The main governing document of the United States is the U.S. Constitution, fully ratified in 1789 with the inauguration of George Washington. The previous governing document was that of the failed Articles of Confederation, existing from 1777 to 1789. The constitution gives us that of a federal republic, with some democratic tendencies, and is divided up into three separate branches: Legislative, Executive, and Judicial. With all three supposed to keep the others in check of overstepping their constitutional authority, known as “checks and balances”. The Constitution can be amended in order to roll with the times, likely explaining its continued longevity. So far we have had 27 amendments with the first 10 being the Bill of Rights. Comprising the country are a total of 50 states, the District of Columbia (Washington D.C.), the overseas territories (Puerto Rico, Guam, the Virgin Islands, etc).
The legislative branch made up of two houses that compose the Congress; the Senate and the House of Representatives. Both houses have a grand total of 535 members combined, not including six non-voting delegates. Since the 17th Amendment both chambers have been directly elected, previously Senators were chosen by state legislators. All states have representation in the two bodies with membership in the House being based off population and for the Senate every state gets two senators regardless of population.
The House of Representatives The Houses is the one closest to the people as they are directly elected by their constituents, have two year terms, have the most members, and have the most representatives of the two bodies. As a result it is usually seen as the more junior of the two chambers and officially is the lower chamber. Total membership is 435 members and has remained fixed at the level since 1911, primarily due to spacing issues in the Capitol building. Specific powers to the House include controlling legislation relating to raising revenue and budgets, can impeach the President, and will decide the President in the event of no presidential candidate winning the electoral required majority. The only constitutional office for the House is the Speaker, who is picked by the majority party. Other House offices now include the Majority leader, Majority whip, Minority leader, and Minority whip.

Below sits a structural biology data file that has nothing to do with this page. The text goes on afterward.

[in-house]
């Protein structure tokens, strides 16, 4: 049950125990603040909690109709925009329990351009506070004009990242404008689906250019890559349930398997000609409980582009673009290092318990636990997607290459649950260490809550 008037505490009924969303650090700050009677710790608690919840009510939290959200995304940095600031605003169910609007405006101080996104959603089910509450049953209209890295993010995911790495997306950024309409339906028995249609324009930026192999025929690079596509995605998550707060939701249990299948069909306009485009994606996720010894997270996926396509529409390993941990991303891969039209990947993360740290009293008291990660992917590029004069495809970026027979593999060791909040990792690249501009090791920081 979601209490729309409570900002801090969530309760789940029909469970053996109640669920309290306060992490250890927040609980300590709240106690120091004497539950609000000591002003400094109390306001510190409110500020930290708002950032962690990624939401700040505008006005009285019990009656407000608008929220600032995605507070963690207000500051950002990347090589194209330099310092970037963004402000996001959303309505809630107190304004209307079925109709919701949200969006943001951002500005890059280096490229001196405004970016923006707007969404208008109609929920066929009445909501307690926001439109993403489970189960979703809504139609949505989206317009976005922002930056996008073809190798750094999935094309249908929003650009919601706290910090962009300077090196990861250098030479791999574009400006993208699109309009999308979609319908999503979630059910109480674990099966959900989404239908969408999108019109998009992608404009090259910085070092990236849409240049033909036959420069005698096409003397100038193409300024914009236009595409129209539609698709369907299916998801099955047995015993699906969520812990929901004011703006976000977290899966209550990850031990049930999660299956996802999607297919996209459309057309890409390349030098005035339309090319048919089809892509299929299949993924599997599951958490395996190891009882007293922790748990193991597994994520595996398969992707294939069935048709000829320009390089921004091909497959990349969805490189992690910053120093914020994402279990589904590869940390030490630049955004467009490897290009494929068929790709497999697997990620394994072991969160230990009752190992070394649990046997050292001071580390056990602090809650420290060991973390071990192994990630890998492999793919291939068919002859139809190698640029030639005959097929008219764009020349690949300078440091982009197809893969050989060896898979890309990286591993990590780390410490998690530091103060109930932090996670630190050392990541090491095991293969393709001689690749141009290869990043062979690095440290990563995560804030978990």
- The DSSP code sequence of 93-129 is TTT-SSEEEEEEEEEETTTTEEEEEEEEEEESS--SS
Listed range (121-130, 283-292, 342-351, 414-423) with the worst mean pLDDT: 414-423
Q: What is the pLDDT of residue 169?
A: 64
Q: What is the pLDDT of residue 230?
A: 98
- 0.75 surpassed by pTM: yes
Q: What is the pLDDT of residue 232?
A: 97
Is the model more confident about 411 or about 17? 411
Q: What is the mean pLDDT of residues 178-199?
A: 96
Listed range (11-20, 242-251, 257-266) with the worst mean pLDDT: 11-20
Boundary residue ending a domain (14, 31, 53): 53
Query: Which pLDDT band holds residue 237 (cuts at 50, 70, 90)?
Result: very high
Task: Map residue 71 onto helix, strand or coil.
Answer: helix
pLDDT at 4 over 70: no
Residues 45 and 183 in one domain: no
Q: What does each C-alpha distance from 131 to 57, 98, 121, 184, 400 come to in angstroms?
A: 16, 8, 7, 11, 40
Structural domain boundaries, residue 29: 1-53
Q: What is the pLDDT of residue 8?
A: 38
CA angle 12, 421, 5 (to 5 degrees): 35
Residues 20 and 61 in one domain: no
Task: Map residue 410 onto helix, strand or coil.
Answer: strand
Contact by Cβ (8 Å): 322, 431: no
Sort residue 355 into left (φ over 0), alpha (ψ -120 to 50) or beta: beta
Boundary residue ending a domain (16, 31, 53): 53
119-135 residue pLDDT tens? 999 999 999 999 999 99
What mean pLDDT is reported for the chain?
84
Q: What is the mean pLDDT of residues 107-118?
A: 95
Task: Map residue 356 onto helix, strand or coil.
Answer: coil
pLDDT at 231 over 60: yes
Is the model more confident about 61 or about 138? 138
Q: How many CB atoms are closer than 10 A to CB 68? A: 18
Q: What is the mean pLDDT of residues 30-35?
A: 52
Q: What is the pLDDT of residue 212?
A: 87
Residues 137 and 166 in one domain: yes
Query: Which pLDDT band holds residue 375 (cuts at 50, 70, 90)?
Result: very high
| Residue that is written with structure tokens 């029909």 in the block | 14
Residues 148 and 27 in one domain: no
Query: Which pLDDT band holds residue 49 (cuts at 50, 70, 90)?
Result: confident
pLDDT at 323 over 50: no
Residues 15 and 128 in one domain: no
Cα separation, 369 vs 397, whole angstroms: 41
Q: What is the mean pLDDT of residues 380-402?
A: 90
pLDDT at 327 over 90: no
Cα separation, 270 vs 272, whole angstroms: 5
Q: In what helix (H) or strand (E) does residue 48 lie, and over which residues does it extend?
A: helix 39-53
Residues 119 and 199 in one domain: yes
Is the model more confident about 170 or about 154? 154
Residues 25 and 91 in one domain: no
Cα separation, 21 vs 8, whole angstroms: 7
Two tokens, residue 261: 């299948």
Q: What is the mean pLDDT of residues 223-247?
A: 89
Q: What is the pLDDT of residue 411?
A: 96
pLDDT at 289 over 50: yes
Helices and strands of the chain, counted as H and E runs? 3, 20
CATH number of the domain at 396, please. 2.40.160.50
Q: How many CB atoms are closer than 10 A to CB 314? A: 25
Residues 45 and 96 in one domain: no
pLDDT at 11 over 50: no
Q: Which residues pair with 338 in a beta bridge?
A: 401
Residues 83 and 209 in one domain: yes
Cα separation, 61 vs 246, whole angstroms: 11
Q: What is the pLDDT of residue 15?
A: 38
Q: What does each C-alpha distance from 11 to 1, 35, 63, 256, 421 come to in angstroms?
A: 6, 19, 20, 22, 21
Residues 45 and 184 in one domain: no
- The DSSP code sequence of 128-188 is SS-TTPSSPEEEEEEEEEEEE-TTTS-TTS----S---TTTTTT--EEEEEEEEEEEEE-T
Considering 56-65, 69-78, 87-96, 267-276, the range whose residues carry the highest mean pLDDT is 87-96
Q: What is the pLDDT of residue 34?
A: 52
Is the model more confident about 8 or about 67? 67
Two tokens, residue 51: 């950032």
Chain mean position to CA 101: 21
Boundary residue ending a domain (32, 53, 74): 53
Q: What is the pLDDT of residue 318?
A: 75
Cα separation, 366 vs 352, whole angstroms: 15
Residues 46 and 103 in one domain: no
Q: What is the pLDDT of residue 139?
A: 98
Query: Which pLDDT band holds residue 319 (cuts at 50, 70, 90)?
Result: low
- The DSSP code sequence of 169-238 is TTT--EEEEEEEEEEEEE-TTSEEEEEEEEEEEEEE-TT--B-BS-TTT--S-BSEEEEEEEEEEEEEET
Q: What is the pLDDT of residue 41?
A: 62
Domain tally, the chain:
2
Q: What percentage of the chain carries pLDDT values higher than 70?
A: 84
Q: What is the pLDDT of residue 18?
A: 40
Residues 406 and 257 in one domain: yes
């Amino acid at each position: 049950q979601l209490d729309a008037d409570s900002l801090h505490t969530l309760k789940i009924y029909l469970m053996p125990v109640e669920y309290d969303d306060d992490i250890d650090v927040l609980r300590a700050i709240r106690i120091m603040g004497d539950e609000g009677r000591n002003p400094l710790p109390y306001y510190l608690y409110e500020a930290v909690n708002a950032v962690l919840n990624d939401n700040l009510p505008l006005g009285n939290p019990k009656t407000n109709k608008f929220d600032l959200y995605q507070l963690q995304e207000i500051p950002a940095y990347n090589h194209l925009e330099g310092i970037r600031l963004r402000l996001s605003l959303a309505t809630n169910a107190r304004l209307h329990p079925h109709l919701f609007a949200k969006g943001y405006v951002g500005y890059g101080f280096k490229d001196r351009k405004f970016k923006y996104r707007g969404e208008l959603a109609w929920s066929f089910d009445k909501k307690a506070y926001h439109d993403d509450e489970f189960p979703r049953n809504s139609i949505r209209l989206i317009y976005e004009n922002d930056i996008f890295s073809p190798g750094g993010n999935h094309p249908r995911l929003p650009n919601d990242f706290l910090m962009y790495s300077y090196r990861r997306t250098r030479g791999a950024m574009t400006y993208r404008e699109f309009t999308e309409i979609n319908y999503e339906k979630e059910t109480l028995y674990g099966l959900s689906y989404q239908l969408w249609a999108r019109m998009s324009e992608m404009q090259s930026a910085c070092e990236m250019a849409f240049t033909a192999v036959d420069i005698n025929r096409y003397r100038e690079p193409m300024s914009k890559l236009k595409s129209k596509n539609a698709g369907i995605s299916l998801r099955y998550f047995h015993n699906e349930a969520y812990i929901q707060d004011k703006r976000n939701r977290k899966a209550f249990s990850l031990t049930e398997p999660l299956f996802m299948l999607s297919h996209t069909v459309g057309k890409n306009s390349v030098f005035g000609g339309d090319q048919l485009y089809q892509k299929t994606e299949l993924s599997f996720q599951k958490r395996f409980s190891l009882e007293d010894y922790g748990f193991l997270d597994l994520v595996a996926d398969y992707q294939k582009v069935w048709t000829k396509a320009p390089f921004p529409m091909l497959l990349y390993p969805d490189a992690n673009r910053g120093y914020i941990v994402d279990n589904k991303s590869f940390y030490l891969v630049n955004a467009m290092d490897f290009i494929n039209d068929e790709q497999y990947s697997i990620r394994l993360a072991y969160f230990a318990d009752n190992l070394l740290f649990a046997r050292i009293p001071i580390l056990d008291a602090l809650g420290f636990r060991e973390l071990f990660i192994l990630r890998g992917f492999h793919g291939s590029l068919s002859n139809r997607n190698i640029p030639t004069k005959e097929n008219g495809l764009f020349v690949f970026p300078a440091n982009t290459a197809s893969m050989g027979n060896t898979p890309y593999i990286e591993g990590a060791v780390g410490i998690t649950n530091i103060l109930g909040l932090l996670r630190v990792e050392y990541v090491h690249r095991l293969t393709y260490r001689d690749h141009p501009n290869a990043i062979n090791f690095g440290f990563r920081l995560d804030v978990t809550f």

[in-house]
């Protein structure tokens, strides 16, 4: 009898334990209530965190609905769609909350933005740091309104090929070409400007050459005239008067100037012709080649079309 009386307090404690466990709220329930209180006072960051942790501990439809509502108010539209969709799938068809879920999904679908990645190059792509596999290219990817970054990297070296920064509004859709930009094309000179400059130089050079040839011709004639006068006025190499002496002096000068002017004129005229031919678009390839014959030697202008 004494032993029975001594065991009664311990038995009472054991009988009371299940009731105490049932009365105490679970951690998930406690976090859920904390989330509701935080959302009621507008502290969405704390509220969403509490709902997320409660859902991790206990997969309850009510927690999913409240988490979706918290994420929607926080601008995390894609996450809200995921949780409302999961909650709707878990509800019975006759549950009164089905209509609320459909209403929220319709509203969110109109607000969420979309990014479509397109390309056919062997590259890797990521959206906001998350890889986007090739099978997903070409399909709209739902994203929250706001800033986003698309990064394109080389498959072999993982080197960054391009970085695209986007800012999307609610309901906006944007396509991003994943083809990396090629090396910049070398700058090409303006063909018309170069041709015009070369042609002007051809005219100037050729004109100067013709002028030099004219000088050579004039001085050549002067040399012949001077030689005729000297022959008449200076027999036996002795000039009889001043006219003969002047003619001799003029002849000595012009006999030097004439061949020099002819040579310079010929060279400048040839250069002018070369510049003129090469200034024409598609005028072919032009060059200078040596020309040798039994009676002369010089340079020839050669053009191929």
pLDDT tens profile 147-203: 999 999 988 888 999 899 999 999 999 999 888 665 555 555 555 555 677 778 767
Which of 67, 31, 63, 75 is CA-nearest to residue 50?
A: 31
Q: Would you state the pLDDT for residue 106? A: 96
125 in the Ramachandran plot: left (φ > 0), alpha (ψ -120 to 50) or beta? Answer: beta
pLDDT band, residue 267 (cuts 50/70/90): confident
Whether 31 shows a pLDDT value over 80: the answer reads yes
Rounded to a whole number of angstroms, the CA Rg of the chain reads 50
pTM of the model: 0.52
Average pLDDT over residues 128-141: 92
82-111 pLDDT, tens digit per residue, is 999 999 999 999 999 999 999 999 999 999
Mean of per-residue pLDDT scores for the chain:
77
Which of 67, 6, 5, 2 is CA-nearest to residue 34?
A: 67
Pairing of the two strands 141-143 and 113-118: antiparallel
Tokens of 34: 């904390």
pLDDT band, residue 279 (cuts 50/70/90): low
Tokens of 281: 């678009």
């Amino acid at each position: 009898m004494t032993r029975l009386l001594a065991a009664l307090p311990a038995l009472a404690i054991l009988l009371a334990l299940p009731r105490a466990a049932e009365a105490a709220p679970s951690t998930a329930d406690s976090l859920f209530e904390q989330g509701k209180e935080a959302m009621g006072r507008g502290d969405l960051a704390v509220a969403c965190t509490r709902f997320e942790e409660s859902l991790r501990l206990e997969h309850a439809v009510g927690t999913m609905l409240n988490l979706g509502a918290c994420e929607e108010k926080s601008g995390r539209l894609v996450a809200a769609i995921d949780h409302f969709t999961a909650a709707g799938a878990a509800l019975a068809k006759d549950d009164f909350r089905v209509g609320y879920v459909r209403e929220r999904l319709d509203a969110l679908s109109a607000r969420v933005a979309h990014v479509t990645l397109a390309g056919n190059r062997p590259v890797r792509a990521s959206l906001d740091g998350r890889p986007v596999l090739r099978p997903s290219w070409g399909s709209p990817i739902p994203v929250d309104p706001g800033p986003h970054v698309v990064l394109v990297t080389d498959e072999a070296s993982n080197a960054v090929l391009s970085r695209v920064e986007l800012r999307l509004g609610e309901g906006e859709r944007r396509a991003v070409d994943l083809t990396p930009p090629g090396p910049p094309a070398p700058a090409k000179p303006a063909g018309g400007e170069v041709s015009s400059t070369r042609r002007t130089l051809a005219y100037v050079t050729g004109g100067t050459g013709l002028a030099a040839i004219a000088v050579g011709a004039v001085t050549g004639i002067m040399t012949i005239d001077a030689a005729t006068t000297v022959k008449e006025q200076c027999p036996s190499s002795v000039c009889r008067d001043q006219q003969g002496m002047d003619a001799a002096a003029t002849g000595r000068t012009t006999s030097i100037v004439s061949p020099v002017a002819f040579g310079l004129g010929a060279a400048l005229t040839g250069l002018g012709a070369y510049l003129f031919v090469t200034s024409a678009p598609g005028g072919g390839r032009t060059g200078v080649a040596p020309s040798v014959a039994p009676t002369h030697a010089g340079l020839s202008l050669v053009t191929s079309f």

The Senate The Senate is the Upper House of the Congress and usually seen as the more premier of the two chambers. Total membership is 100 with two Senators from each state. The Senate's specific powers are that it can ratify treaties with foreign powers, declare war, confirm federal employees (Supreme Court judges, Cabinet Sectaries, etc), and if a President is impeached by the House can hold a trial to decide if the President should be removed. Offices in the Senate include the President Pro tempore (oldest member of the majority party), Majority leader, Majority whip, Minority leader, and Minority whip.
President: Most power of this branch is vested and delegated in the office of the Presidency. Despite having less powers specifically given by the Constitution in contrast to Congress, the office's responsibilities have grown over the years and very much at the expense of Congress. The official powers of the Presidency being Commander-in-chief of the U.S. military, can nominate Cabinet Secretaries, can nominate Supreme Court Justices, can nominate Federal judges, issue pardons, negotiates treaties with foreign governments (which have to be passed by the Senate), can veto or pass laws presented by Congress, issuing Executive orders, and is in charge of carrying out the laws passed by Congress. In addition to these are the informal powers of the Presidency such as being able to set the national legislative agenda for the year or also known as “the bully pulpit” and initiating foreign policy such as Executive Agreements with other nations.
Vice-President In contrast, the Vice-President is a rather powerless position for the most part. It's official responsibilities being to takeover for President in the event of being incapacitated for whatever reason and break tied votes in the Senate. The Vice-President is allowed to preside and take part in sessions of the Senate but this is rarely acted with that usually being designated to the current President Pro tempore. Has increased in importance since World War 2 as a clear line of succession was needed in the modern age in the event of a President dying. How much of a role the Veep does play in the administration largely depends on how much the President allows.